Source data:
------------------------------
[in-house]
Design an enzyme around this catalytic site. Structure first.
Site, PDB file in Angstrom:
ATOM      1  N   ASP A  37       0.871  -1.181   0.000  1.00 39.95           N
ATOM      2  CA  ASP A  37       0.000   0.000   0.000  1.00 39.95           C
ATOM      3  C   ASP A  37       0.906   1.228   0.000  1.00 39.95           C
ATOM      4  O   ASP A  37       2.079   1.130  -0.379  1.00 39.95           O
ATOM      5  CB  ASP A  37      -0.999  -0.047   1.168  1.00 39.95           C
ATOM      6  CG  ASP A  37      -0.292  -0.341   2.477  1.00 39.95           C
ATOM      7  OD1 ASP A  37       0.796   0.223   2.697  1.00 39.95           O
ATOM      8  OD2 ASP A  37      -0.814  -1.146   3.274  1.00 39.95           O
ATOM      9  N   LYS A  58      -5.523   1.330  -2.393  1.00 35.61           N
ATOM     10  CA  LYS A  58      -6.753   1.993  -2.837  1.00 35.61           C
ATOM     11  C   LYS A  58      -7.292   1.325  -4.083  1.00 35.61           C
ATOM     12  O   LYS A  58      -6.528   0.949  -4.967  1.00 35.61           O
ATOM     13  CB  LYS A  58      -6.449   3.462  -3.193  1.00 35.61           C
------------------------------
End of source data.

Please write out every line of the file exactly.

[in-house]
Design an enzyme around this catalytic site. Structure first.
Site, PDB file in Angstrom:
ATOM      1  N   ASP A  37       0.871  -1.181   0.000  1.00 39.95           N
ATOM      2  CA  ASP A  37       0.000   0.000   0.000  1.00 39.95           C
ATOM      3  C   ASP A  37       0.906   1.228   0.000  1.00 39.95           C
ATOM      4  O   ASP A  37       2.079   1.130  -0.379  1.00 39.95           O
ATOM      5  CB  ASP A  37      -0.999  -0.047   1.168  1.00 39.95           C
ATOM      6  CG  ASP A  37      -0.292  -0.341   2.477  1.00 39.95           C
ATOM      7  OD1 ASP A  37       0.796   0.223   2.697  1.00 39.95           O
ATOM      8  OD2 ASP A  37      -0.814  -1.146   3.274  1.00 39.95           O
ATOM      9  N   LYS A  58      -5.523   1.330  -2.393  1.00 35.61           N
ATOM     10  CA  LYS A  58      -6.753   1.993  -2.837  1.00 35.61           C
ATOM     11  C   LYS A  58      -7.292   1.325  -4.083  1.00 35.61           C
ATOM     12  O   LYS A  58      -6.528   0.949  -4.967  1.00 35.61           O
ATOM     13  CB  LYS A  58      -6.449   3.462  -3.193  1.00 35.61           C